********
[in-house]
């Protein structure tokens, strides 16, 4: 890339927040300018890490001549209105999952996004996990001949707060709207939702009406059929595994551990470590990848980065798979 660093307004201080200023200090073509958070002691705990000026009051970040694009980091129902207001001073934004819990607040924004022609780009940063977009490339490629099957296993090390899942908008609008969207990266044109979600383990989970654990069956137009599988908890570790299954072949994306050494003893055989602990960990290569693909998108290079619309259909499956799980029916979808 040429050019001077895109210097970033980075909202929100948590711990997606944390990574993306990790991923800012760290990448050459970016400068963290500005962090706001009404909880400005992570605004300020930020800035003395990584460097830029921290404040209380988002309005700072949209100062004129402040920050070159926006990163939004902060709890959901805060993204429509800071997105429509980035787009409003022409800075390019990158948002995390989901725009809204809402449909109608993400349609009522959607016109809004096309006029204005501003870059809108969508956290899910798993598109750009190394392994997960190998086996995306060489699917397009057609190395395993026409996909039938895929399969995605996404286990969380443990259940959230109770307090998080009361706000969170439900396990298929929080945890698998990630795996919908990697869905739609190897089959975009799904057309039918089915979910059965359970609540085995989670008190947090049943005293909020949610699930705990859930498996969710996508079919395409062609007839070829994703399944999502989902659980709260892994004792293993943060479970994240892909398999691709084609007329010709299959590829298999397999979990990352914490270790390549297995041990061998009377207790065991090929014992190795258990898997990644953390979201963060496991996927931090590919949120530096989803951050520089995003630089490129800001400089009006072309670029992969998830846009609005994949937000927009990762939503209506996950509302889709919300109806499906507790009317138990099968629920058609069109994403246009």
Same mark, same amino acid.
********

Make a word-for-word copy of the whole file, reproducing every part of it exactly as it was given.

[in-house]
């Protein structure tokens, strides 16, 4: 890339927040300018890490001549209105999952996004996990001949707060709207939702009406059929595994551990470590990848980065798979 660093307004201080200023200090073509958070002691705990000026009051970040694009980091129902207001001073934004819990607040924004022609780009940063977009490339490629099957296993090390899942908008609008969207990266044109979600383990989970654990069956137009599988908890570790299954072949994306050494003893055989602990960990290569693909998108290079619309259909499956799980029916979808 040429050019001077895109210097970033980075909202929100948590711990997606944390990574993306990790991923800012760290990448050459970016400068963290500005962090706001009404909880400005992570605004300020930020800035003395990584460097830029921290404040209380988002309005700072949209100062004129402040920050070159926006990163939004902060709890959901805060993204429509800071997105429509980035787009409003022409800075390019990158948002995390989901725009809204809402449909109608993400349609009522959607016109809004096309006029204005501003870059809108969508956290899910798993598109750009190394392994997960190998086996995306060489699917397009057609190395395993026409996909039938895929399969995605996404286990969380443990259940959230109770307090998080009361706000969170439900396990298929929080945890698998990630795996919908990697869905739609190897089959975009799904057309039918089915979910059965359970609540085995989670008190947090049943005293909020949610699930705990859930498996969710996508079919395409062609007839070829994703399944999502989902659980709260892994004792293993943060479970994240892909398999691709084609007329010709299959590829298999397999979990990352914490270790390549297995041990061998009377207790065991090929014992190795258990898997990644953390979201963060496991996927931090590919949120530096989803951050520089995003630089490129800001400089009006072309670029992969998830846009609005994949937000927009990762939503209506996950509302889709919300109806499906507790009317138990099968629920058609069109994403246009």
Same mark, same amino acid.